Here are some powerful words and phrases to include in your communications:

  • “Radical gender theory”
  • “Gender ideology”
  • “Sexual ideology”
  • “Academic queer theory”
  •  “Synthetic sexual identities”
  • “Sexual engineering”
  • “Left-wing sexual politics”
  • “Sexualizing children”
  • “Destroying childhood innocence”
  • “They want to inject radical gender theory into K-12 schools and keep it a secret from parents”
  •  “Children aren’t ‘pansexual,’ ‘genderqueer,’ or ‘two-spirit’—and schools should never be pushing sexual identities onto innocent kids”
  •  “Radical gender theory wants to eliminate the words ‘man,’ ‘woman,’ ‘mom,’ and ‘dad’”
  •  “Radical gender theory wants to replace parents with a state-backed sexual ideology”
  •  “Schools should not be in the business of promoting puberty blockers, double-mastectomies, and irreversible medical experiments on children”
  • “Teachers should not be sharing their sexuality with children”
  • “Drag Queen Story Hour is another way of saying ‘adult male transvestites who want to share their sexuality with kids’”

How to Get Organized

Parents are mobilizing against radical gender theory in school districts across the country. Here is how to get started:

  • Show up in your community. Attend your local school board meetings. Ask questions, provide comments, and connect with people. Invite your friends, family, and neighbors to join you at the meetings. Use this as an opportunity to connect with parents who share your values.
  • Get to know your school board. Connect with school board members personally. It is much easier to persuade someone with whom you have a relationship. Find out how long they’ve served on the school board. Ask why they ran in the first place? You can tailor your arguments to their needs, motivations, and concerns.
  • Identify a specific goal. Channel the energy from fellow parents toward a specific goal. What exactly do you want? Think of this as your mission statement. It should be short, specific, and easy to understand. For example, you might want to force the resignation of an uncooperative superintendent, persuade the school board to ban radical gender theory, or lobby for a curriculum transparency resolution.
  • Build a leadership team. It takes a team of dedicated parents to achieve your goals. Identify your most committed allies, and assign them roles. If your teammates have personal or professional experience in organizing, project management, or team-building, they will be great assets to your cause.
  • Join the grassroots network of parent groups. Parents Defending EducationMoms for LibertyCenter for Renewing AmericaNo Left Turn in Education, and Save Our Schools are national organizations that provide resources and coordination for local parent groups. Contact them to see if there are chapters in your area; if not, start one. There is strength in numbers, and these organizations can help guide your local group.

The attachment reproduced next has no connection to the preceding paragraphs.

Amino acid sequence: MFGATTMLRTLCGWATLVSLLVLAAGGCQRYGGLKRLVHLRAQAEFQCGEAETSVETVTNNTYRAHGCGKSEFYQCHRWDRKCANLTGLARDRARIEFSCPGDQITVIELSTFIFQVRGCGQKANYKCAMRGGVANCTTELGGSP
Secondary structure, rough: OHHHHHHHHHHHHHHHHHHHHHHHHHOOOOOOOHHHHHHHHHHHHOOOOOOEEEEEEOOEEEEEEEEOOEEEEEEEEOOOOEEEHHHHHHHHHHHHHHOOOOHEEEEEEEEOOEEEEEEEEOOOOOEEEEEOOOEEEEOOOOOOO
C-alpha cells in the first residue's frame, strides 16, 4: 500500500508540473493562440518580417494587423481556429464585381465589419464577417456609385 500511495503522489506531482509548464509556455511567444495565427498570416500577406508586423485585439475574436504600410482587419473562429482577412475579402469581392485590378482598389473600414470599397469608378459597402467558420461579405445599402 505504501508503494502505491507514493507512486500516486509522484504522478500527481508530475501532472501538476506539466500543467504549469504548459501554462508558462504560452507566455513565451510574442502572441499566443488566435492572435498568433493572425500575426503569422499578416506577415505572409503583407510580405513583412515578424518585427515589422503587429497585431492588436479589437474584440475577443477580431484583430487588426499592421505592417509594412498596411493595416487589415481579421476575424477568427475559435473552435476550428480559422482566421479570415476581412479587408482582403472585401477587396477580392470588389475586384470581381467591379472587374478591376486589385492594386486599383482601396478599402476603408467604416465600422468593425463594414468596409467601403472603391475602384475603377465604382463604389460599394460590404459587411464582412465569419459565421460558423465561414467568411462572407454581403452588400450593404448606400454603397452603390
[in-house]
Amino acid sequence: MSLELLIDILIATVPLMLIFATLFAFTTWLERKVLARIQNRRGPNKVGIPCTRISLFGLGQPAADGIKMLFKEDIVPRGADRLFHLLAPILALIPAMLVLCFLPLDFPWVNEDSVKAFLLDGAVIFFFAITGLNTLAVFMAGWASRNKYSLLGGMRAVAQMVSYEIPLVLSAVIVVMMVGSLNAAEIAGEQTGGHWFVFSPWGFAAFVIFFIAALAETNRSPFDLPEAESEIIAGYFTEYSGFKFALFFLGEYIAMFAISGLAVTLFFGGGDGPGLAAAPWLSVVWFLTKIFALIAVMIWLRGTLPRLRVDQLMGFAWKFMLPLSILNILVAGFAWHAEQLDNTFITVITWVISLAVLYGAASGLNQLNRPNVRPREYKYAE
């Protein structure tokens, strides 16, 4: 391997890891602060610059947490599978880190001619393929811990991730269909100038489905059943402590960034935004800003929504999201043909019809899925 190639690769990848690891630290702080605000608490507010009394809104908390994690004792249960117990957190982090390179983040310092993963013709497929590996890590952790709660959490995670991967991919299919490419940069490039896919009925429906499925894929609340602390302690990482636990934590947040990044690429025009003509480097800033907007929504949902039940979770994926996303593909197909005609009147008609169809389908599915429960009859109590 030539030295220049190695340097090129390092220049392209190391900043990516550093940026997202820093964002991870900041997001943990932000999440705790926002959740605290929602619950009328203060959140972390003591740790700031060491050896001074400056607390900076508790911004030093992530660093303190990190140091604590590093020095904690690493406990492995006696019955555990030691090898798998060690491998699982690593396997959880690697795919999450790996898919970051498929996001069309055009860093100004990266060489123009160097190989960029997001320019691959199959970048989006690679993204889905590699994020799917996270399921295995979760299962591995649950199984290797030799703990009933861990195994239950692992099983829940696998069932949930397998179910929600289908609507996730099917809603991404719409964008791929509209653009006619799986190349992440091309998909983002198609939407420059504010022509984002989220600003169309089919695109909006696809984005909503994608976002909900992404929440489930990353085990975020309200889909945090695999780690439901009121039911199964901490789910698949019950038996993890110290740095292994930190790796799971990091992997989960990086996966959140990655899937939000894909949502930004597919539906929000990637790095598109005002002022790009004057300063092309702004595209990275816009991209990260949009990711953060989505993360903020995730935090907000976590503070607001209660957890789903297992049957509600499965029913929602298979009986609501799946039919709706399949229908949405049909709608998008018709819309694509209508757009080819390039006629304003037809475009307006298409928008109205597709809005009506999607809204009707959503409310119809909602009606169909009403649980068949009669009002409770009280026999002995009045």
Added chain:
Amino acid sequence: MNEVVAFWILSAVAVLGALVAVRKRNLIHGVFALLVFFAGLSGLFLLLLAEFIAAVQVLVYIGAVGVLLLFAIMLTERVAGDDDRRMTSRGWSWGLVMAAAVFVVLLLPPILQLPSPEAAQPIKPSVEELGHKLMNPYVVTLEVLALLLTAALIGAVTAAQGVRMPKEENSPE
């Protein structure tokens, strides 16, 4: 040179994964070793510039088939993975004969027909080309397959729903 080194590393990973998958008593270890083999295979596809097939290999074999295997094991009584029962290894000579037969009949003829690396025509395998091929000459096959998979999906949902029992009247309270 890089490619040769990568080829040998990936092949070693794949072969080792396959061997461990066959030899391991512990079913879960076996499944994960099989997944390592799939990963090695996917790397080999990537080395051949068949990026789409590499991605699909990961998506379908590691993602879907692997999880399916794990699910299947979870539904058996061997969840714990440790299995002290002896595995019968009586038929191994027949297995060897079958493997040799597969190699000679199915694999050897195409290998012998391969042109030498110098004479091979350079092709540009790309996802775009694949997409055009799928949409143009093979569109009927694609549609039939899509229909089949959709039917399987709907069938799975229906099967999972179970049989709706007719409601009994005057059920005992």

• Gather evidence, and build your case. First, talk to your kids about what they’re learning in school. Second, submit a public records request to get curricular, budget, and training materials from your local school or district. Judicial Watch put together a useful presentation explaining the process herehere, and here.
  • Make the issue as public as possible. Send an email to all the administrators and parents in your school. Attach evidence of radical gender theory practices. Start a brushfire of angry parents. That will make it easier to identify your friends and force the administration to respond to the controversy.
  • Choose a capable spokesperson. Choose someone who is sympathetic, professional, and comfortable speaking in public. Use evidence to support your arguments, share personal stories about how divisive ideologies have impacted their families, and communicate with respectful passion.
  • Make strong arguments. Have evidence to support every claim you make. Do not give them an easy win by making an accusation you cannot defend. If there are books, lesson plans, or internal documents promoting radical gender theory concepts, pull the most objectionable quotes, read them aloud, and ask the school board members if they agree.
  • Understand your opponents, and never lose your cool. There will be left-wing school board members, administrators, and teachers who support radical gender theory. They prefer to operate in the dark, without public knowledge or transparency, because they “know best” and don’t want parents to interfere. When you expose them, they might respond with ugly, personal attacks. You must remain calm, focused, and respectful—always keep the moral high ground, ignore the attacks as much as possible, and focus on executing your goal. Do not respond to their insults and slurs; stay on the offense and force them to defend their ideas.
  • Run for the school board. If your school board members will not listen to parents, consider running for the school board yourself or recruiting another parent to engage in the process.

Model Policy

Christopher F. Rufo

Christopher Rufo is a writer, filmmaker, and activist challenging critical race theory and gender ideology in America’s institutions.